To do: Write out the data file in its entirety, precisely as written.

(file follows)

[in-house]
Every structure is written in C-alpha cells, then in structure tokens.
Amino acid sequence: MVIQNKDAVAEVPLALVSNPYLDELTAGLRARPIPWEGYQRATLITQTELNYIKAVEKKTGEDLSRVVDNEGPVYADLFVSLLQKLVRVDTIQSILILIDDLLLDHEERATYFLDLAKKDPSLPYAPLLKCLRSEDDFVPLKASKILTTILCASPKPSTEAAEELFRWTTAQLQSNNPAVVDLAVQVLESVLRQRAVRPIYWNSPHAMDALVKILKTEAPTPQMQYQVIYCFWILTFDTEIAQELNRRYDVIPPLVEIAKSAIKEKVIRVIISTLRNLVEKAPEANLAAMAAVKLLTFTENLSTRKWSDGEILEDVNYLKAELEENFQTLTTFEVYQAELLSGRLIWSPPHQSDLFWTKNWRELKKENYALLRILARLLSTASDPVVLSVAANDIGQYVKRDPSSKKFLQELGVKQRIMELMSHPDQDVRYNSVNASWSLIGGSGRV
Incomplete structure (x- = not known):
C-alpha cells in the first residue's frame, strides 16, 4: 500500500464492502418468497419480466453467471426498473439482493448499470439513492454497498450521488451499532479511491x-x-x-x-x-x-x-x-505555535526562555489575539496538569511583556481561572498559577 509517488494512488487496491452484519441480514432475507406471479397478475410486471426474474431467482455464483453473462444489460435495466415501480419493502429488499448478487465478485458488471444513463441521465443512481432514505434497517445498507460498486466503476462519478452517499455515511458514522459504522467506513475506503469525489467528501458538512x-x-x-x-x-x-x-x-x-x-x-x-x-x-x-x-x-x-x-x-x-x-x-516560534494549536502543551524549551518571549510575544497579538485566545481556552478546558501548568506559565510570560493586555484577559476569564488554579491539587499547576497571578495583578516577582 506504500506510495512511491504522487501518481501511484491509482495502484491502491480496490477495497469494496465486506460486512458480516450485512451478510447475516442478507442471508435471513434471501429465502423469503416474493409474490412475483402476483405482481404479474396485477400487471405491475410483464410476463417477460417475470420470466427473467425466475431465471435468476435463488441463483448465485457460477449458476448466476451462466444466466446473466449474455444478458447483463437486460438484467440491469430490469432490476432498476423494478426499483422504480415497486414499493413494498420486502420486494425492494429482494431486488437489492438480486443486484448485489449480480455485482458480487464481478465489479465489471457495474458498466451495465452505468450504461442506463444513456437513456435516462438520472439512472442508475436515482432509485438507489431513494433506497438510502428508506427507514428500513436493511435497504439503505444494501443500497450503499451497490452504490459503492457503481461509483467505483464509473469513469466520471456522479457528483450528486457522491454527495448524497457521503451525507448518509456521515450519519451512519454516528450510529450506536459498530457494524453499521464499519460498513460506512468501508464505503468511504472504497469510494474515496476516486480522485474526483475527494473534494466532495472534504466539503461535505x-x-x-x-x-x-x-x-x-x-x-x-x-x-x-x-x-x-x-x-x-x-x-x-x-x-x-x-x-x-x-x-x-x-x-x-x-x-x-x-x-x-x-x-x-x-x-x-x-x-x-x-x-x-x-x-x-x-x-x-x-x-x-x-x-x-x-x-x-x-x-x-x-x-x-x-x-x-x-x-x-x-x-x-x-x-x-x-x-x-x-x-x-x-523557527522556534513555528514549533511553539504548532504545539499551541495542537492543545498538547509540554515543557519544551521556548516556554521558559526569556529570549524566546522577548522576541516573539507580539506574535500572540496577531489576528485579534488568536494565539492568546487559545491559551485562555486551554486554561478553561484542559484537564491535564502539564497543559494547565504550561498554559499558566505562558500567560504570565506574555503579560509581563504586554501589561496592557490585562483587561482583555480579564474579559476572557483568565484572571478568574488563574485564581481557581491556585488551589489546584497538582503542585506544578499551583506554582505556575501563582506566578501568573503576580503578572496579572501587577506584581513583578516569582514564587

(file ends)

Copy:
[in-house]
Every structure is written in C-alpha cells, then in structure tokens.
Amino acid sequence: MVIQNKDAVAEVPLALVSNPYLDELTAGLRARPIPWEGYQRATLITQTELNYIKAVEKKTGEDLSRVVDNEGPVYADLFVSLLQKLVRVDTIQSILILIDDLLLDHEERATYFLDLAKKDPSLPYAPLLKCLRSEDDFVPLKASKILTTILCASPKPSTEAAEELFRWTTAQLQSNNPAVVDLAVQVLESVLRQRAVRPIYWNSPHAMDALVKILKTEAPTPQMQYQVIYCFWILTFDTEIAQELNRRYDVIPPLVEIAKSAIKEKVIRVIISTLRNLVEKAPEANLAAMAAVKLLTFTENLSTRKWSDGEILEDVNYLKAELEENFQTLTTFEVYQAELLSGRLIWSPPHQSDLFWTKNWRELKKENYALLRILARLLSTASDPVVLSVAANDIGQYVKRDPSSKKFLQELGVKQRIMELMSHPDQDVRYNSVNASWSLIGGSGRV
Incomplete structure (x- = not known):
C-alpha cells in the first residue's frame, strides 16, 4: 500500500464492502418468497419480466453467471426498473439482493448499470439513492454497498450521488451499532479511491x-x-x-x-x-x-x-x-505555535526562555489575539496538569511583556481561572498559577 509517488494512488487496491452484519441480514432475507406471479397478475410486471426474474431467482455464483453473462444489460435495466415501480419493502429488499448478487465478485458488471444513463441521465443512481432514505434497517445498507460498486466503476462519478452517499455515511458514522459504522467506513475506503469525489467528501458538512x-x-x-x-x-x-x-x-x-x-x-x-x-x-x-x-x-x-x-x-x-x-x-516560534494549536502543551524549551518571549510575544497579538485566545481556552478546558501548568506559565510570560493586555484577559476569564488554579491539587499547576497571578495583578516577582 506504500506510495512511491504522487501518481501511484491509482495502484491502491480496490477495497469494496465486506460486512458480516450485512451478510447475516442478507442471508435471513434471501429465502423469503416474493409474490412475483402476483405482481404479474396485477400487471405491475410483464410476463417477460417475470420470466427473467425466475431465471435468476435463488441463483448465485457460477449458476448466476451462466444466466446473466449474455444478458447483463437486460438484467440491469430490469432490476432498476423494478426499483422504480415497486414499493413494498420486502420486494425492494429482494431486488437489492438480486443486484448485489449480480455485482458480487464481478465489479465489471457495474458498466451495465452505468450504461442506463444513456437513456435516462438520472439512472442508475436515482432509485438507489431513494433506497438510502428508506427507514428500513436493511435497504439503505444494501443500497450503499451497490452504490459503492457503481461509483467505483464509473469513469466520471456522479457528483450528486457522491454527495448524497457521503451525507448518509456521515450519519451512519454516528450510529450506536459498530457494524453499521464499519460498513460506512468501508464505503468511504472504497469510494474515496476516486480522485474526483475527494473534494466532495472534504466539503461535505x-x-x-x-x-x-x-x-x-x-x-x-x-x-x-x-x-x-x-x-x-x-x-x-x-x-x-x-x-x-x-x-x-x-x-x-x-x-x-x-x-x-x-x-x-x-x-x-x-x-x-x-x-x-x-x-x-x-x-x-x-x-x-x-x-x-x-x-x-x-x-x-x-x-x-x-x-x-x-x-x-x-x-x-x-x-x-x-x-x-x-x-x-x-523557527522556534513555528514549533511553539504548532504545539499551541495542537492543545498538547509540554515543557519544551521556548516556554521558559526569556529570549524566546522577548522576541516573539507580539506574535500572540496577531489576528485579534488568536494565539492568546487559545491559551485562555486551554486554561478553561484542559484537564491535564502539564497543559494547565504550561498554559499558566505562558500567560504570565506574555503579560509581563504586554501589561496592557490585562483587561482583555480579564474579559476572557483568565484572571478568574488563574485564581481557581491556585488551589489546584497538582503542585506544578499551583506554582505556575501563582506566578501568573503576580503578572496579572501587577506584581513583578516569582514564587